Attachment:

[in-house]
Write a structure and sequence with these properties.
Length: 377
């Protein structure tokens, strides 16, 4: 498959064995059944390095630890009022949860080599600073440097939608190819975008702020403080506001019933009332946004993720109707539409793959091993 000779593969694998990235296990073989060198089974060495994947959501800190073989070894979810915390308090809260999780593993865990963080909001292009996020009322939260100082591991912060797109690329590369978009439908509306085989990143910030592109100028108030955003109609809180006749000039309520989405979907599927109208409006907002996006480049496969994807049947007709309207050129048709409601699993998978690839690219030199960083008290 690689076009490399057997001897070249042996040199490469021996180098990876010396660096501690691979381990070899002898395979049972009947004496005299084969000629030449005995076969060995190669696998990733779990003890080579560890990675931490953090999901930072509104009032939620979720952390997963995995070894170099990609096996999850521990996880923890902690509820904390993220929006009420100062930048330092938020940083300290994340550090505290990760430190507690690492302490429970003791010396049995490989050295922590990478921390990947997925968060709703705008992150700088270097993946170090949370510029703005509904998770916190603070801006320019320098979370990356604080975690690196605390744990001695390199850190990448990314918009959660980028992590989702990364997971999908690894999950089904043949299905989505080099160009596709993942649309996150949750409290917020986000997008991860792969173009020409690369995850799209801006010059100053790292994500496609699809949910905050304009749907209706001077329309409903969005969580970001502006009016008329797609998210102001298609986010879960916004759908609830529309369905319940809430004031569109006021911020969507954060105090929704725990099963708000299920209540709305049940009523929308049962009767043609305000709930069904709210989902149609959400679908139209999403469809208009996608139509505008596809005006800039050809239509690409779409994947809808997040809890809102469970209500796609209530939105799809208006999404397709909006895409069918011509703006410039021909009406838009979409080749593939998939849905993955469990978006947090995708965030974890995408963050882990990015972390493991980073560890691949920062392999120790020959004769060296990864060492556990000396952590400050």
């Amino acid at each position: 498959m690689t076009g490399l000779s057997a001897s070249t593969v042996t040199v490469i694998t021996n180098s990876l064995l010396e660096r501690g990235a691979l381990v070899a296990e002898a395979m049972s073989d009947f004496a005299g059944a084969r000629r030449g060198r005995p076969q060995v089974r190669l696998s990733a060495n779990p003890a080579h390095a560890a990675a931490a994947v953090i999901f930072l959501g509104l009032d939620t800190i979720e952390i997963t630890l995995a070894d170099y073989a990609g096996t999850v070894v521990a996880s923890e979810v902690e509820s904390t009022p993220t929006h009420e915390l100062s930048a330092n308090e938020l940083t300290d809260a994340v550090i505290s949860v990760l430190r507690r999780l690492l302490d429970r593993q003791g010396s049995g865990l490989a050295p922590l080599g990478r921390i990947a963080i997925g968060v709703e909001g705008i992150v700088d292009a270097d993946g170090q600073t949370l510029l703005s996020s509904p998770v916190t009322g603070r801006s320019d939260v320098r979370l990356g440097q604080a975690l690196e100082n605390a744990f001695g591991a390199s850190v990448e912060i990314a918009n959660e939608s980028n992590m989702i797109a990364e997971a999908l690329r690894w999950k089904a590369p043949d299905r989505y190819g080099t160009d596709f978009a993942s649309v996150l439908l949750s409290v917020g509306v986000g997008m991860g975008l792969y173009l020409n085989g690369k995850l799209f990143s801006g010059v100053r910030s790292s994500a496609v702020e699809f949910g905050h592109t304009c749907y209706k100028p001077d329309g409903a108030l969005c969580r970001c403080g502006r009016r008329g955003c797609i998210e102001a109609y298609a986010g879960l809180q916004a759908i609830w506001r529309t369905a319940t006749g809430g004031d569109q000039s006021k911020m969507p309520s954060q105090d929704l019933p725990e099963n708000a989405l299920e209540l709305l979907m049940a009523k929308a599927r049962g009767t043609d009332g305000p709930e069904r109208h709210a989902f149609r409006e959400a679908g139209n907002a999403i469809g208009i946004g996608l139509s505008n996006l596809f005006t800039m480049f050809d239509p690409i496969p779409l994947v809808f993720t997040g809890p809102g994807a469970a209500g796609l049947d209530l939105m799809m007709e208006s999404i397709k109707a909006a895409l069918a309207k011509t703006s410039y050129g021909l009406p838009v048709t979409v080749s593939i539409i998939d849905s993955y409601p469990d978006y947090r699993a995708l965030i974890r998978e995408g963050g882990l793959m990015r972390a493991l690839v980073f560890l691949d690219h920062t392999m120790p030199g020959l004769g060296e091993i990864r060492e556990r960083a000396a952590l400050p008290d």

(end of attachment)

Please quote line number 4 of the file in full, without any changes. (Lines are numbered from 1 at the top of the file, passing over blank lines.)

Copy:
């Protein structure tokens, strides 16, 4: 498959064995059944390095630890009022949860080599600073440097939608190819975008702020403080506001019933009332946004993720109707539409793959091993 000779593969694998990235296990073989060198089974060495994947959501800190073989070894979810915390308090809260999780593993865990963080909001292009996020009322939260100082591991912060797109690329590369978009439908509306085989990143910030592109100028108030955003109609809180006749000039309520989405979907599927109208409006907002996006480049496969994807049947007709309207050129048709409601699993998978690839690219030199960083008290 690689076009490399057997001897070249042996040199490469021996180098990876010396660096501690691979381990070899002898395979049972009947004496005299084969000629030449005995076969060995190669696998990733779990003890080579560890990675931490953090999901930072509104009032939620979720952390997963995995070894170099990609096996999850521990996880923890902690509820904390993220929006009420100062930048330092938020940083300290994340550090505290990760430190507690690492302490429970003791010396049995490989050295922590990478921390990947997925968060709703705008992150700088270097993946170090949370510029703005509904998770916190603070801006320019320098979370990356604080975690690196605390744990001695390199850190990448990314918009959660980028992590989702990364997971999908690894999950089904043949299905989505080099160009596709993942649309996150949750409290917020986000997008991860792969173009020409690369995850799209801006010059100053790292994500496609699809949910905050304009749907209706001077329309409903969005969580970001502006009016008329797609998210102001298609986010879960916004759908609830529309369905319940809430004031569109006021911020969507954060105090929704725990099963708000299920209540709305049940009523929308049962009767043609305000709930069904709210989902149609959400679908139209999403469809208009996608139509505008596809005006800039050809239509690409779409994947809808997040809890809102469970209500796609209530939105799809208006999404397709909006895409069918011509703006410039021909009406838009979409080749593939998939849905993955469990978006947090995708965030974890995408963050882990990015972390493991980073560890691949920062392999120790020959004769060296990864060492556990000396952590400050």